Jagger turned his attention back to the business of staying upright. His laces were in an even worse state now.


The limo couple were getting away. They were heading towards the entrance of the building. With one eye on his laces and the other on the couple, he steered in that direction too. It was at that same moment that Jagger finally realised where he was. What this massive building beside him was. It was the Dakota building. Of course. Now as he walked after the rich assholes, he gazed up in awe at the gigantic and brooding apartment complex, its high gables poking into the night sky.


This building’s famous, Jagger thought, straining his neck. Didn’t Roman Polanski make a film about devil worshippers or something in there? That’s so…


CRACK. A sound. There was a high-pitched scream.


Jagger didn’t have time to think about what he’d just heard. At that moment, his knee collided into solid matter. He’d hit someone. A man cried out in pain and collapsed onto the ground. There was another sound too; the metallic clang of something hitting the concrete nearby.


“Watch where you’re going you fucking asshole!” Jagger yelled as he too fell backwards, nearly spilling onto the road.


The Irish accent was back.


Jagger felt nothing of the fall. This was largely thanks to the alcohol cushion he had on, not to mention the thick wall of beard protecting his face.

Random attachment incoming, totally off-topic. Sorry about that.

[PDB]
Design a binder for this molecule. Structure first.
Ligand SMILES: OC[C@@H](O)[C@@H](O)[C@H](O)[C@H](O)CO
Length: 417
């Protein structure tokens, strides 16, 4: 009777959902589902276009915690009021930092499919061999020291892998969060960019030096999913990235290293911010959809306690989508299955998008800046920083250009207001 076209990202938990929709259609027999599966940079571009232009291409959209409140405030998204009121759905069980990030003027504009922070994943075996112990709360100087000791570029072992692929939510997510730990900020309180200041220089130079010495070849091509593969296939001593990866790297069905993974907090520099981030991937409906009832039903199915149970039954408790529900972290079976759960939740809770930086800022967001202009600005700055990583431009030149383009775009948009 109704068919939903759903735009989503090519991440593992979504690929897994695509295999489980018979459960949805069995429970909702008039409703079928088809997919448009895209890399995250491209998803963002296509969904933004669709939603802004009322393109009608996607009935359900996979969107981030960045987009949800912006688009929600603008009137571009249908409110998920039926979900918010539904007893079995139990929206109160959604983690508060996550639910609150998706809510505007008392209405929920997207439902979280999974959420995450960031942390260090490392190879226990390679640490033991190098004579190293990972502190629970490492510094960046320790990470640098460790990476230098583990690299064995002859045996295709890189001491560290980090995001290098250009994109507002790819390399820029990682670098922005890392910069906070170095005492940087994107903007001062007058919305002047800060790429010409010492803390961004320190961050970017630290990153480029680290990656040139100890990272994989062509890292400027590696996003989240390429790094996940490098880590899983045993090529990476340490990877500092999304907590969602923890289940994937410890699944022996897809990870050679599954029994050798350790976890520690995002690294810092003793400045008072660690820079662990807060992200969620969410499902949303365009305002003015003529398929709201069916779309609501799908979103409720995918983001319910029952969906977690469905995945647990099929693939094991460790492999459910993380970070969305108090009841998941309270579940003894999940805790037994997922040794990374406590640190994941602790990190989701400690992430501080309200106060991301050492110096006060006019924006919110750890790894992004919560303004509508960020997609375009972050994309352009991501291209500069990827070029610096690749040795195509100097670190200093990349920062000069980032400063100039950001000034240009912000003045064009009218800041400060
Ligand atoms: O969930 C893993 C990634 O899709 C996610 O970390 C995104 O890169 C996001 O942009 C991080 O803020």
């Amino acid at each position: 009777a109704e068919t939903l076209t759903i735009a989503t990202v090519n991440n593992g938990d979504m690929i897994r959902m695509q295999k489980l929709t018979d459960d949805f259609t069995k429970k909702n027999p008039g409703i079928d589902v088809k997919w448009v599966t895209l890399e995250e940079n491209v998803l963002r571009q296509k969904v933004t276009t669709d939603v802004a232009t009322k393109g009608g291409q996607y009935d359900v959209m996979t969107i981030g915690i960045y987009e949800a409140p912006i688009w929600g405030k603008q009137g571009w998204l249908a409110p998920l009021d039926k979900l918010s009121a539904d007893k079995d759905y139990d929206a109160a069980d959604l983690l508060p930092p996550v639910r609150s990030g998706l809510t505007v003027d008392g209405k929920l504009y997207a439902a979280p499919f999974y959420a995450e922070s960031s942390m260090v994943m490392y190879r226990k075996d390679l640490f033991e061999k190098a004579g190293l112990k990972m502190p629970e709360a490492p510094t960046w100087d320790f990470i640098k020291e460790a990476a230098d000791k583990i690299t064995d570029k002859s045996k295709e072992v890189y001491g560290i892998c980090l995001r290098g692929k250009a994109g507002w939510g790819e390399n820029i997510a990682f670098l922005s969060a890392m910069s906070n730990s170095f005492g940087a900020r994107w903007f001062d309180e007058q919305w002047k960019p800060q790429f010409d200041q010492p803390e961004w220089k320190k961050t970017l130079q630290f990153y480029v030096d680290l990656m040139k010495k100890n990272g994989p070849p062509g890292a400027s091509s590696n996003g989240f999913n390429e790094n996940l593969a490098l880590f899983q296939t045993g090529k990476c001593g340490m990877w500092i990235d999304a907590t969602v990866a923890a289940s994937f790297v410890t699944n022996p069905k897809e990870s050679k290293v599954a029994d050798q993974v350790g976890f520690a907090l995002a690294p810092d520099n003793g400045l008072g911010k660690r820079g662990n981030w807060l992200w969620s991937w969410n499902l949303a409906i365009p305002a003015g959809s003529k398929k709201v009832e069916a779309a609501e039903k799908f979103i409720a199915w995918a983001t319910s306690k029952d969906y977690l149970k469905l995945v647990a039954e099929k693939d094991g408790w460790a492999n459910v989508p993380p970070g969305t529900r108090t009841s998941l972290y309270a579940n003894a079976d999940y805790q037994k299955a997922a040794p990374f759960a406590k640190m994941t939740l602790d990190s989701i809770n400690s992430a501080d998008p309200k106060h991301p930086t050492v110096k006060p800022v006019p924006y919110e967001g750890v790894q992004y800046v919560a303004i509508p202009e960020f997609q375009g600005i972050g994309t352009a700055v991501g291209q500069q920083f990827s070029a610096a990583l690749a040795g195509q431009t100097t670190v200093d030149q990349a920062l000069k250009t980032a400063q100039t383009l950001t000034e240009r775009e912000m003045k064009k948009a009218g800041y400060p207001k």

He lifted his head and saw something lying on the ground. Was that a gun?


Turning towards the Dakota, he saw the Oriental woman and the other guy, who had a 1950s Teddy Boy haircut, hurry into the safety of the building. They ran into the vestibule and in matter of seconds had vanished out of sight.


By now, the doorman of the Dakota had leapt on top of the gunman. Another person had jumped in to assist him. Between the two of them, they pinned the would-be-shooter down, flipped him over and twisted his arms behind his back, locking them up.


Jagger recognised the gunman. It was chubby guy from just a few moments back.


“You were going to shoot them,” the doorman screamed into chubby guy’s face. “You were going to kill them both. Weren’t you?”


Jagger climbed onto his knees. He watched as the doorman wrestled chubby guy to his feet. The gunman’s face was blank, emotionless, as if there was no one at home. He looked at Jagger with dead eyes as he was led away.


Jagger felt himself sobering up.


He tried to put the pieces together. What just happened here? The doorman said that he was going to shoot ‘them’. ‘Them’ who?


Others quickly arrived on the scene. Along with the Dakota Building’s doorman, they dragged the gunman closer to the building and held him down against the concrete.


“Call the police.” A voice shouted.


A moment later, the doorman hurried over to Jagger.